How to send emails using NodeMailer, gmail and OAuth2

Hi there, I thought that since sending emails was one of the first features of my app I am building I thought it would be cool to do a tutorial on it!

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The email will be sent from an API end point and will use OAuth2 credentials to send them, this is much better from a security point of view as don’t have to store actual email credentials but instead store and use access tokens and these can only be used for certain purposes for a short amount of time.

Since we will be sending the email from an API endpoint we will first need to create a NodeJS project with the command below in the terminal

npm init myamazingproject

You can call your project whatever you like, now after you have ran this statement you will need to open the project in your favourite code editor I always use VS Code. Now create a file in the root of the project named “server” and make sure it is a JavaScript file, we will now need to install multiple packages including express, body-parser, nodemailer and google apis. You can do this using the command below

npm install express body-parser nodemailer googleapis

This will install all 4 packages and create a package-lock.json file, this file is created whenever the node_modules folder is modified by npm.

The package nodemailer is basically a package to allow us to send emails through NodeJS.

We will now need to require all 4 packages in our server.js file so we can use them. We have created an extra variable called “OAuth2” which is equal specifically to the OAuth2 section of the google apis module.

const express = require('express');const bodyParser = require('body-parser');const nodemailer = require('nodemailer');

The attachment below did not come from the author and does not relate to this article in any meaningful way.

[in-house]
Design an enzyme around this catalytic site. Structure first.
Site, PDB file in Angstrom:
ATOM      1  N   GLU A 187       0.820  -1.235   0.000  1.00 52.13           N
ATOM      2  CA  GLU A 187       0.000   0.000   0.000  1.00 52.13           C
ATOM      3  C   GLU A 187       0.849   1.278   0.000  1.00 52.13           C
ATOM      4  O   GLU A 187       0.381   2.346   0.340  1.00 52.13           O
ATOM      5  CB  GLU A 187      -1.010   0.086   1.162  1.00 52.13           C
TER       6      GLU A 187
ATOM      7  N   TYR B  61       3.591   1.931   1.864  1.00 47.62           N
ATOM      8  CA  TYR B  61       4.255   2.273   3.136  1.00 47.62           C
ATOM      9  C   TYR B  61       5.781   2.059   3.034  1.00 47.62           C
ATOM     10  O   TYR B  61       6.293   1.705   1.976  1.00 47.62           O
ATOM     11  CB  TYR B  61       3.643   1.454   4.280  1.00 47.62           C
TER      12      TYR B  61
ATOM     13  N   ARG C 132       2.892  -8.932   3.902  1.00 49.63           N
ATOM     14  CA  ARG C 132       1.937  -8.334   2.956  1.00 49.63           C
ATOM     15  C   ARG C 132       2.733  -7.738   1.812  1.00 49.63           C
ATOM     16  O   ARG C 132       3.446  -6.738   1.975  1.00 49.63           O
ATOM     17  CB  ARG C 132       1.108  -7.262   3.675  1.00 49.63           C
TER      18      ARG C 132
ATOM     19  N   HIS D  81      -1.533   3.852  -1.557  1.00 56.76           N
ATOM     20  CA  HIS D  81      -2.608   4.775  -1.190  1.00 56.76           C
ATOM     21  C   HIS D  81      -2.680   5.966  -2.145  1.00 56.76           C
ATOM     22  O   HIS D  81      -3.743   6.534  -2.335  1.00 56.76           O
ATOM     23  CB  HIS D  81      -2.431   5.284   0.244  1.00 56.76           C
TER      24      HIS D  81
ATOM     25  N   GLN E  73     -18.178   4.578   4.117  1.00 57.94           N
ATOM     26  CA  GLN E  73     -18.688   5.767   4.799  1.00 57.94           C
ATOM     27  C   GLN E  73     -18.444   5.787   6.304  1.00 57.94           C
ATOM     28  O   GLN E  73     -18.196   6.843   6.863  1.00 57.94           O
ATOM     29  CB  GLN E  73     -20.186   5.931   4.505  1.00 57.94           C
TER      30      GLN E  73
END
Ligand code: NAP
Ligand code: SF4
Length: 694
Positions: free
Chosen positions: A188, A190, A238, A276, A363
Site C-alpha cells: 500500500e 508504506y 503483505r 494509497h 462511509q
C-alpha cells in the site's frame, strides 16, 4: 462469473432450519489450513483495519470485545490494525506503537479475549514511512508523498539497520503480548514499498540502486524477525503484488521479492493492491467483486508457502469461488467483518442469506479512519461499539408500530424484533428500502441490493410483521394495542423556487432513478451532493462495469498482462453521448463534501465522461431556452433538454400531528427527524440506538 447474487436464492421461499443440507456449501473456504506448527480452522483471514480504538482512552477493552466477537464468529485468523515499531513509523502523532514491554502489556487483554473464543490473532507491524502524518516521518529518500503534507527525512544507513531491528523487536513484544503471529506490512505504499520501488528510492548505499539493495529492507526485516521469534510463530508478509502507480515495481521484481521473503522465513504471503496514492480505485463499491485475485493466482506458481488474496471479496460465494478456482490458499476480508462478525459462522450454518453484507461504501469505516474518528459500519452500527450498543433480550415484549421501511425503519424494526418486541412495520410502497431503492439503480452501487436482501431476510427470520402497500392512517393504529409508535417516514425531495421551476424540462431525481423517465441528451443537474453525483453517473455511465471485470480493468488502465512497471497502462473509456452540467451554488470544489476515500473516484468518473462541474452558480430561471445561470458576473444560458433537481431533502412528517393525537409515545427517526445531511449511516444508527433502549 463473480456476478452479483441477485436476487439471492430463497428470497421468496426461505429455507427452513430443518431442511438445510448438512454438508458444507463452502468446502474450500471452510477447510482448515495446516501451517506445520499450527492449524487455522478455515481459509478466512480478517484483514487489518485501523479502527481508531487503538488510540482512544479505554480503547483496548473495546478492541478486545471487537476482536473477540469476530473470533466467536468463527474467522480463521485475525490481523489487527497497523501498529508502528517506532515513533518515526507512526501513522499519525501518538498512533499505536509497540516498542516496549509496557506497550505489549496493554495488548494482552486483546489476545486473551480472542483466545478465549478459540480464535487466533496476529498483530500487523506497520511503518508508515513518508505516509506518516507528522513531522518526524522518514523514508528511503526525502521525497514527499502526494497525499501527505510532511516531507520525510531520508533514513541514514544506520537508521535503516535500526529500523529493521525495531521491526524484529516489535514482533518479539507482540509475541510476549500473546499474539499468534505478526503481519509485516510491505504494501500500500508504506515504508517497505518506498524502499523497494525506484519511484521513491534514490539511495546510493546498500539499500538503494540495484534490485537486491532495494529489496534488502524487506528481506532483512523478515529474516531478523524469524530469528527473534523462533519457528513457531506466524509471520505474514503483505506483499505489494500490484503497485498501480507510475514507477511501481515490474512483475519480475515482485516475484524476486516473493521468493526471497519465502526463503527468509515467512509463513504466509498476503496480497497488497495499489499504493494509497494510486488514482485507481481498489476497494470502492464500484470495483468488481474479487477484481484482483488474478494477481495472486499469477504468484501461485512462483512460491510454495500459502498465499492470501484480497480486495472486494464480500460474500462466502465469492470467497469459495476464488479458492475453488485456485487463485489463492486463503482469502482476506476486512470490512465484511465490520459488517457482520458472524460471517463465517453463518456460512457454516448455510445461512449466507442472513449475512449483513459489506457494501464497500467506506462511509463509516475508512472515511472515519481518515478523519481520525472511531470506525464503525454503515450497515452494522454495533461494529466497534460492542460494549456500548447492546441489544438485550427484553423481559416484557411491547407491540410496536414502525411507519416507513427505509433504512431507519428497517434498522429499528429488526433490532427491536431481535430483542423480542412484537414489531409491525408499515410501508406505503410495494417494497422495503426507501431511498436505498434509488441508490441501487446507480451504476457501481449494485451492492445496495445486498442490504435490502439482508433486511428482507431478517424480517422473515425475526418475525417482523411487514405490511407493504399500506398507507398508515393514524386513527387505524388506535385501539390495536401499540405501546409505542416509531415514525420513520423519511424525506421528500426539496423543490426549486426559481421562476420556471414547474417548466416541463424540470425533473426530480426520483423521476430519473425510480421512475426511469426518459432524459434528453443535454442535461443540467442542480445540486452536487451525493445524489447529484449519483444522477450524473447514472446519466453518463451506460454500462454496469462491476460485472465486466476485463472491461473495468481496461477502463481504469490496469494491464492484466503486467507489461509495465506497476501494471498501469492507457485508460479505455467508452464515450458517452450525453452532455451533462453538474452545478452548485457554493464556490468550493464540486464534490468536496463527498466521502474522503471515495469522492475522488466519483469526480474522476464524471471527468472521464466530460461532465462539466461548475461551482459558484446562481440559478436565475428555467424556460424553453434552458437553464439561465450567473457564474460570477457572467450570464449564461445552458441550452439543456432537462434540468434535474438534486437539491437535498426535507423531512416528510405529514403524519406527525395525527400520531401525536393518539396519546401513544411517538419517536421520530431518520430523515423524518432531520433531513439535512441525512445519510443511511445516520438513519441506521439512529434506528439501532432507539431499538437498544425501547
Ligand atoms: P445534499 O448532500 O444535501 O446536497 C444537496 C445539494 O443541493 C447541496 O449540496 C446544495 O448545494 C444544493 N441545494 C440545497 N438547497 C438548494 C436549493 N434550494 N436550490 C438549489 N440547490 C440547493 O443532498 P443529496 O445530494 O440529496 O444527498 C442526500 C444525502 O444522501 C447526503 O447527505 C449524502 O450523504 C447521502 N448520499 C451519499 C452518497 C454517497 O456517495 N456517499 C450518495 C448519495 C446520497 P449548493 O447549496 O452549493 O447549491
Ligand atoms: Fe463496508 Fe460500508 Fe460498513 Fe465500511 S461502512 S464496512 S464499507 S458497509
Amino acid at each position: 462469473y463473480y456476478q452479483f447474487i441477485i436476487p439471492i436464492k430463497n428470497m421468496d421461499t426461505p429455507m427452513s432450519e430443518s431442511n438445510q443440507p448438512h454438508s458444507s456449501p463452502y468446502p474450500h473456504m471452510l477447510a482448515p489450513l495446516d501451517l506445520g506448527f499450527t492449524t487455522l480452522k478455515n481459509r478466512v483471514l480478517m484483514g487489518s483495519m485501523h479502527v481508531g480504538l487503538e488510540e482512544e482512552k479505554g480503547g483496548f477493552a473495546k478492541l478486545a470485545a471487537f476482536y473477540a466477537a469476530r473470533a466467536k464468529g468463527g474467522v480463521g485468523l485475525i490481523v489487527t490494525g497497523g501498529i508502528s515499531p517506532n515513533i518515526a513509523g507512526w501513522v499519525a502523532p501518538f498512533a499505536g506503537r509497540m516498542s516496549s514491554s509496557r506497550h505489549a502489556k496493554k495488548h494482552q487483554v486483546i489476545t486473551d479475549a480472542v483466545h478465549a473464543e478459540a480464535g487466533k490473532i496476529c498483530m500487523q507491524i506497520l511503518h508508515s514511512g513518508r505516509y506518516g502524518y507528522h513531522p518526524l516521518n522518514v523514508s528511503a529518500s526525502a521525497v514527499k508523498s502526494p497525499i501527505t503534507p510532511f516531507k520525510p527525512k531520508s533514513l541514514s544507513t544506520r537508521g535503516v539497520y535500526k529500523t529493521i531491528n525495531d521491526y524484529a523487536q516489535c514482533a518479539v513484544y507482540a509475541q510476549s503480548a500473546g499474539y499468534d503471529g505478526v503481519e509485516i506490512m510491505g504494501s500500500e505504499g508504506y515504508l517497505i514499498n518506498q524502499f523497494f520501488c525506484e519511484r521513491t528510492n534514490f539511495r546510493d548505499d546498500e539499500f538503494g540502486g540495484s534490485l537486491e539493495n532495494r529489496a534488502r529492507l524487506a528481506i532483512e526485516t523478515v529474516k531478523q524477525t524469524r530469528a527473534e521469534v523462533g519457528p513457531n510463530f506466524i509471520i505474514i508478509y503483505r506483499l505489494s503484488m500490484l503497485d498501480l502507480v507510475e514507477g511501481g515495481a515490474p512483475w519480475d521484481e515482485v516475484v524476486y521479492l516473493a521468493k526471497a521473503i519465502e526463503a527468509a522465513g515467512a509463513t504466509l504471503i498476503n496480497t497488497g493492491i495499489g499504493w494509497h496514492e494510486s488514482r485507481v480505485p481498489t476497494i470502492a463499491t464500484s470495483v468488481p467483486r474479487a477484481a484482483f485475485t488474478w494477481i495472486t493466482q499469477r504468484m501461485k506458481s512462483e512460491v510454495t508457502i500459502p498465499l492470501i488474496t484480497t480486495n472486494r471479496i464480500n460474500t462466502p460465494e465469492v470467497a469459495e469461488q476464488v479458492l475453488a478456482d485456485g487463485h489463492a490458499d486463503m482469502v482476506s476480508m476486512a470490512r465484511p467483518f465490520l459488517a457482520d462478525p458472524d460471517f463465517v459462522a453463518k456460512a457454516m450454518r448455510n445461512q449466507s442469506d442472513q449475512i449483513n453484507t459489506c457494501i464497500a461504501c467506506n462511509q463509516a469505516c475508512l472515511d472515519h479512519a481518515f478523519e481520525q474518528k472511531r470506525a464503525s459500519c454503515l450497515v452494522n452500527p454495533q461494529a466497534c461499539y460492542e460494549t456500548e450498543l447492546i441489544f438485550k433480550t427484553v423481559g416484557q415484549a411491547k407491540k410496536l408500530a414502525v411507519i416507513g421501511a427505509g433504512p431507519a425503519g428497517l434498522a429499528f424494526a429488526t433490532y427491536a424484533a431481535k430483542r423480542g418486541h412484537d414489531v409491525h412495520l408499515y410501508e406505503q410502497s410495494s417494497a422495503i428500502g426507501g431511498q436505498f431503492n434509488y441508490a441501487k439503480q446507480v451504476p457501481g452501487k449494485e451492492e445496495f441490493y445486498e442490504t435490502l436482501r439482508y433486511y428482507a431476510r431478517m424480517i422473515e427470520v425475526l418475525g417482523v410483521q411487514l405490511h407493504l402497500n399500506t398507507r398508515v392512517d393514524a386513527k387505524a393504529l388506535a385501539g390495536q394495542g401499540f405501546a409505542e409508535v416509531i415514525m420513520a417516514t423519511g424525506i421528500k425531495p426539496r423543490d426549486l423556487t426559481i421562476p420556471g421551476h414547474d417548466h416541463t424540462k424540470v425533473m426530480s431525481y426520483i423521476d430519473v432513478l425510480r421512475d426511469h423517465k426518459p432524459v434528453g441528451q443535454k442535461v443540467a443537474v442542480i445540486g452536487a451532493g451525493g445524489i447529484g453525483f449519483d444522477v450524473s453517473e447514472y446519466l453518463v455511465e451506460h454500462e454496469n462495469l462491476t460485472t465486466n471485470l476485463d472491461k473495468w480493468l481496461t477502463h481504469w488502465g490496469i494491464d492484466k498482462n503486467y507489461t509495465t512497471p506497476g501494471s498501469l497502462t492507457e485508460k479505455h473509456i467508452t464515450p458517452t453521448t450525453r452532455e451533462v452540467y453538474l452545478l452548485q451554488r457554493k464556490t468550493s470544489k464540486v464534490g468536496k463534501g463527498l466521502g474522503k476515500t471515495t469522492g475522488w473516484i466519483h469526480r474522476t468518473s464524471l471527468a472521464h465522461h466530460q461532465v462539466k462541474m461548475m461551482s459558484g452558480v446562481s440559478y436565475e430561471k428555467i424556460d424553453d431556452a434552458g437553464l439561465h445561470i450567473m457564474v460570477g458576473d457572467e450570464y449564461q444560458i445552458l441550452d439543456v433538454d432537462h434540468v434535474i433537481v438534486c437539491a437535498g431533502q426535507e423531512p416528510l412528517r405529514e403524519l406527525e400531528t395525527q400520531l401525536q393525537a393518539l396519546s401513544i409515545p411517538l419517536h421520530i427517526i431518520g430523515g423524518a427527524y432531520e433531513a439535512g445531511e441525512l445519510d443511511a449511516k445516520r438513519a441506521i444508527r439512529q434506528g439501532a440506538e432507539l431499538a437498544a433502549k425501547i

const { google } = require("googleapis");
const OAuth2 = google.auth.OAuth2;

We then also create a “PORT” const which is set to either the environment variable of the system it is deployed to i.e. Heroku for example. Otherwise it is set to port 3000. This matters a lot more if you are deploying the API to an online hosting service, if you were to just set the variable to 3000 and deployed it to Heroku or Amazon then an error would occur as both those services automatically configure the environment variable port for you.

We then also need to create a variable which is an instance of the express module, i have called it “app” for my project.

const PORT = process.env.PORT || 3000;const app = express();

One additional line of code which we will need for this tutorial is

app.use(bodyParser.json());

This uses the instance of the “express” object and also uses the variable we created to be equal to the “body-parser” module. It is basically allowing us to parse application/json data in the body of our requests.

I have also created a simple default endpoint which simply returns a message in the response.

app.get('/',function(req,res){res.send({message:'Default route in email tutorial project'})});

Furthermore, to start the server you will need to add a “start” script in the package.json file so the server.js file gets ran when the command “npm start” is ran. Below is an example of this and how the “scripts” section should look.